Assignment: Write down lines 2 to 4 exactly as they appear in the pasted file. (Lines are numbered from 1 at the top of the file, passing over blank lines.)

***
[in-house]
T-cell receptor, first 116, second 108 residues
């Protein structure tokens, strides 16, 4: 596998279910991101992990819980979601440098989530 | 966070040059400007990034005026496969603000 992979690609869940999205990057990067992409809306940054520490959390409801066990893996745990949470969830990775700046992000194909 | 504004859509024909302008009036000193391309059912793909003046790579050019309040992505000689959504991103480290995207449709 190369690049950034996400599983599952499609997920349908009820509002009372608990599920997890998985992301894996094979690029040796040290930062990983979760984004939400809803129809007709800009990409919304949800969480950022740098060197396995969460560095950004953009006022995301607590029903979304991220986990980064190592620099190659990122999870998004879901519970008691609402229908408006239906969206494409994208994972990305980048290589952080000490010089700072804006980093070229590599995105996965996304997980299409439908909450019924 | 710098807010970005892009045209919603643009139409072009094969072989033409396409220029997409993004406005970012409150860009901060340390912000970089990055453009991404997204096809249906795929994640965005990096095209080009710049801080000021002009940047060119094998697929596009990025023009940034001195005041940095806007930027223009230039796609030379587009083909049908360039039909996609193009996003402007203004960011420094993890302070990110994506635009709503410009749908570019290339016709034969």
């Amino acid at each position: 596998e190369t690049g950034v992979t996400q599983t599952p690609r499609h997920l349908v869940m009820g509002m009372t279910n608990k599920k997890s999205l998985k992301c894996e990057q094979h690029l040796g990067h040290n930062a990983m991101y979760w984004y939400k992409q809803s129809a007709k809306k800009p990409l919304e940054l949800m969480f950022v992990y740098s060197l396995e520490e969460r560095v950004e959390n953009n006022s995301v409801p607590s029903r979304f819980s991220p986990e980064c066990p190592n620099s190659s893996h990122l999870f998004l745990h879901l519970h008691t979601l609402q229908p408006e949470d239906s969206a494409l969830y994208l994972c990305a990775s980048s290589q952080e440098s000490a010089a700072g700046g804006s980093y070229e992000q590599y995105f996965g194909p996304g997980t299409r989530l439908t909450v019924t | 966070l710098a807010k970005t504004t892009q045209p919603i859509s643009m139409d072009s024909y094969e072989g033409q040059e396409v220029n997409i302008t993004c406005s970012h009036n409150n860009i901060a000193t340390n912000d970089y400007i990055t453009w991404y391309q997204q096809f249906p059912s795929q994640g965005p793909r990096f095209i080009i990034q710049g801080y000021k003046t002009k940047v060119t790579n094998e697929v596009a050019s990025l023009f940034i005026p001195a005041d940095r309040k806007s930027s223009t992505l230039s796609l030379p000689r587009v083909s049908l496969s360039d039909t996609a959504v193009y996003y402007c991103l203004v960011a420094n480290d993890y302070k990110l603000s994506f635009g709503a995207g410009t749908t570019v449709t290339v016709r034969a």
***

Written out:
T-cell receptor, first 116, second 108 residues
């Protein structure tokens, strides 16, 4: 596998279910991101992990819980979601440098989530 | 966070040059400007990034005026496969603000 992979690609869940999205990057990067992409809306940054520490959390409801066990893996745990949470969830990775700046992000194909 | 504004859509024909302008009036000193391309059912793909003046790579050019309040992505000689959504991103480290995207449709 190369690049950034996400599983599952499609997920349908009820509002009372608990599920997890998985992301894996094979690029040796040290930062990983979760984004939400809803129809007709800009990409919304949800969480950022740098060197396995969460560095950004953009006022995301607590029903979304991220986990980064190592620099190659990122999870998004879901519970008691609402229908408006239906969206494409994208994972990305980048290589952080000490010089700072804006980093070229590599995105996965996304997980299409439908909450019924 | 710098807010970005892009045209919603643009139409072009094969072989033409396409220029997409993004406005970012409150860009901060340390912000970089990055453009991404997204096809249906795929994640965005990096095209080009710049801080000021002009940047060119094998697929596009990025023009940034001195005041940095806007930027223009230039796609030379587009083909049908360039039909996609193009996003402007203004960011420094993890302070990110994506635009709503410009749908570019290339016709034969």
């Amino acid at each position: 596998e190369t690049g950034v992979t996400q599983t599952p690609r499609h997920l349908v869940m009820g509002m009372t279910n608990k599920k997890s999205l998985k992301c894996e990057q094979h690029l040796g990067h040290n930062a990983m991101y979760w984004y939400k992409q809803s129809a007709k809306k800009p990409l919304e940054l949800m969480f950022v992990y740098s060197l396995e520490e969460r560095v950004e959390n953009n006022s995301v409801p607590s029903r979304f819980s991220p986990e980064c066990p190592n620099s190659s893996h990122l999870f998004l745990h879901l519970h008691t979601l609402q229908p408006e949470d239906s969206a494409l969830y994208l994972c990305a990775s980048s290589q952080e440098s000490a010089a700072g700046g804006s980093y070229e992000q590599y995105f996965g194909p996304g997980t299409r989530l439908t909450v019924t | 966070l710098a807010k970005t504004t892009q045209p919603i859509s643009m139409d072009s024909y094969e072989g033409q040059e396409v220029n997409i302008t993004c406005s970012h009036n409150n860009i901060a000193t340390n912000d970089y400007i990055t453009w991404y391309q997204q096809f249906p059912s795929q994640g965005p793909r990096f095209i080009i990034q710049g801080y000021k003046t002009k940047v060119t790579n094998e697929v596009a050019s990025l023009f940034i005026p001195a005041d940095r309040k806007s930027s223009t992505l230039s796609l030379p000689r587009v083909s049908l496969s360039d039909t996609a959504v193009y996003y402007c991103l203004v960011a420094n480290d993890y302070k990110l603000s994506f635009g709503a995207g410009t749908t570019v449709t290339v016709r034969a």